The Fund works with mental health practitioners and their hospitals in Uganda to improve access to, and quality of, care available to people with a mental illness or epilepsy.

Rahab was confined and chained for more than 10 years in rural Uganda. With treatment provided by trained psychiatric staff supported by Jamie’s Fund, she is returning to a normal life. There are many more like Rahab.

Jamie’s Fund was established in 2013 in memory of Jamie Devaney who died aged four.  To read Jamie’s story click here.

Our involvement in Uganda began with Kisiizi hospital  in south west Uganda. Since then we have expanded significantly developing relationships with more hospitals and health centres.  We have been working with Bwindi Community Hospital  since 2013 and Kagando Hospital  since 2016.

Uganda has relatively few psychiatric staff, and the majority work in the cities. The support we give to psychiatric staff working in the rural communities is particularly important.

In August 2018 we sponsored a successful mhGAP* training with the government psychiatric hospital in Kampala.  The purpose of this training was to train psychiatric staff to teach other clinical staff about the diagnosis and treatment of mental illness.  Following this course, we have been delighted that a number of courses for clinical staff from different departments in a number of hospitals and health centres have now received this training.  As a result, more people with mental illness are being appropriately diagnosed and treated, and an awareness of psychiatric disorders is spreading.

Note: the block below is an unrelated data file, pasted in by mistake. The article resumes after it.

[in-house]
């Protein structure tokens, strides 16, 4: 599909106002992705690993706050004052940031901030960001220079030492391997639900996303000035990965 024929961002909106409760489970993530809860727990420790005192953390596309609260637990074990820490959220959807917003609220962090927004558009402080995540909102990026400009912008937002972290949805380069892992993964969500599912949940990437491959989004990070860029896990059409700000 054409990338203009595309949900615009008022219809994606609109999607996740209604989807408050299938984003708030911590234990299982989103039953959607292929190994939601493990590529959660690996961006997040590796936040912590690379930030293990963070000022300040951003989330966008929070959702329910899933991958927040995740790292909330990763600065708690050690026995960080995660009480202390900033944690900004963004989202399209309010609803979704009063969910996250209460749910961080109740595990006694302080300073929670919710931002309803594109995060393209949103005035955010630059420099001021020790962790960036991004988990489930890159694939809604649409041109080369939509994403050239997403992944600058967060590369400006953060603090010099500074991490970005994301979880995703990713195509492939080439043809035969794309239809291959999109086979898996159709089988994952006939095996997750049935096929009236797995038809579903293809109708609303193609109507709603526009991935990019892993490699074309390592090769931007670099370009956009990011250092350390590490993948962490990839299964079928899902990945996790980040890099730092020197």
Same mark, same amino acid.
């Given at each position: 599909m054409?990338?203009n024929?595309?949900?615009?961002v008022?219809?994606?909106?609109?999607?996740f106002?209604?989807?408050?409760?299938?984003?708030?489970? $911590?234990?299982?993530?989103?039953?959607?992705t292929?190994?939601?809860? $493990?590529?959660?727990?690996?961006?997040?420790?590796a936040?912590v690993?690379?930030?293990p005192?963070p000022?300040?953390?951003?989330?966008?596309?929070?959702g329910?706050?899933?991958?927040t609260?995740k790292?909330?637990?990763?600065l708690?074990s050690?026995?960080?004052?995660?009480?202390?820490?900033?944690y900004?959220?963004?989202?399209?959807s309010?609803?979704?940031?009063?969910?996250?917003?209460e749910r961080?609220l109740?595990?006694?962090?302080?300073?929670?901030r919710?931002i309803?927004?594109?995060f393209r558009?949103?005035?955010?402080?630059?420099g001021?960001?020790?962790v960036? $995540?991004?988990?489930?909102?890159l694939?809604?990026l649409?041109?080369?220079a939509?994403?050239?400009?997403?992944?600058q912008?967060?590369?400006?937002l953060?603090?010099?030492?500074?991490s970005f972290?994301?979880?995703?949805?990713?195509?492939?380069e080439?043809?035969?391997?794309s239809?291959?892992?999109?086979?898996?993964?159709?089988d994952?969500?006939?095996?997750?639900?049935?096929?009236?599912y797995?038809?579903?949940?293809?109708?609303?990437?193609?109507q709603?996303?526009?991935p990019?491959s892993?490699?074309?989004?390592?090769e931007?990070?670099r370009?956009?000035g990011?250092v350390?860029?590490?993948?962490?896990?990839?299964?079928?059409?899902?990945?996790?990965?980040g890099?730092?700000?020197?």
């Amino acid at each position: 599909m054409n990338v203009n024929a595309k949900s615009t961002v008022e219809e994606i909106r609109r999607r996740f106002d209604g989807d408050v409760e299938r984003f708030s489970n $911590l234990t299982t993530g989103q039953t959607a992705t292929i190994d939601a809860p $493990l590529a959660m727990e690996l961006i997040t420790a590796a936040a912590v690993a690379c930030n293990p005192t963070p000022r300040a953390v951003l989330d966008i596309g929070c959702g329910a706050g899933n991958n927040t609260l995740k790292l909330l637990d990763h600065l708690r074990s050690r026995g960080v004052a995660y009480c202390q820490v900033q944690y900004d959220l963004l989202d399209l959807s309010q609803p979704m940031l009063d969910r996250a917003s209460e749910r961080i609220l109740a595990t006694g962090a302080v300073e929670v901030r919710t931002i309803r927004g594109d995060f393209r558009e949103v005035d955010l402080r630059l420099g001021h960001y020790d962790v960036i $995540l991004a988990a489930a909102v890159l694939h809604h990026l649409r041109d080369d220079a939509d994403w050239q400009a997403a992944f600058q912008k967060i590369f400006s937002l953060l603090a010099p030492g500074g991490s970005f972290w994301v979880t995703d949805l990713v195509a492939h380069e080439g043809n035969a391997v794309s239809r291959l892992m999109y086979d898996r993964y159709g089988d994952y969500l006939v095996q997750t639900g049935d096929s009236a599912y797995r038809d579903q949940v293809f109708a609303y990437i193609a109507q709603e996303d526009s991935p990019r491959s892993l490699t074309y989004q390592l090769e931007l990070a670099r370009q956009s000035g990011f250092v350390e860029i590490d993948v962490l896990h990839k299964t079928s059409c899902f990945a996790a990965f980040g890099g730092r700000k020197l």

In November 2018 we visited a further eight hospitals.  At each hospital we met enthusiastic staff, many of whom had been on the Kampala course. They are committed to caring for people with mental illness and keen to reach out into their communities.

The work of the charity continued to expand in  2019, as we developed links  with the other major non-Government provider of healthcare, the Uganda Catholic Medical Bureau, and found that they were prioritising mental health care as they realised it was a previously neglected aspect of their services.

So we are now working with a total of 27 hospitals and health centres across the east, west and central areas of the country. Bids are already coming in, seeking funding for staff training in mhGAP, community sensitisation and other service development needs, such as transport and communications to take services to where the people are.

We are excited by the potential of it all!

Do you want to make a difference!  If you are a private organisation, business or individual and would consider funding one or more small mental health projects in Uganda then we want to hear from you.  Please  contact us.

(* mhGAP is a WHO course designed for non-specialist clinical staff, raising their level of awareness of mental disorders and developing basic skills in their management.)

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Our Aim

To help people in Uganda whose lives are affected by mental health conditions.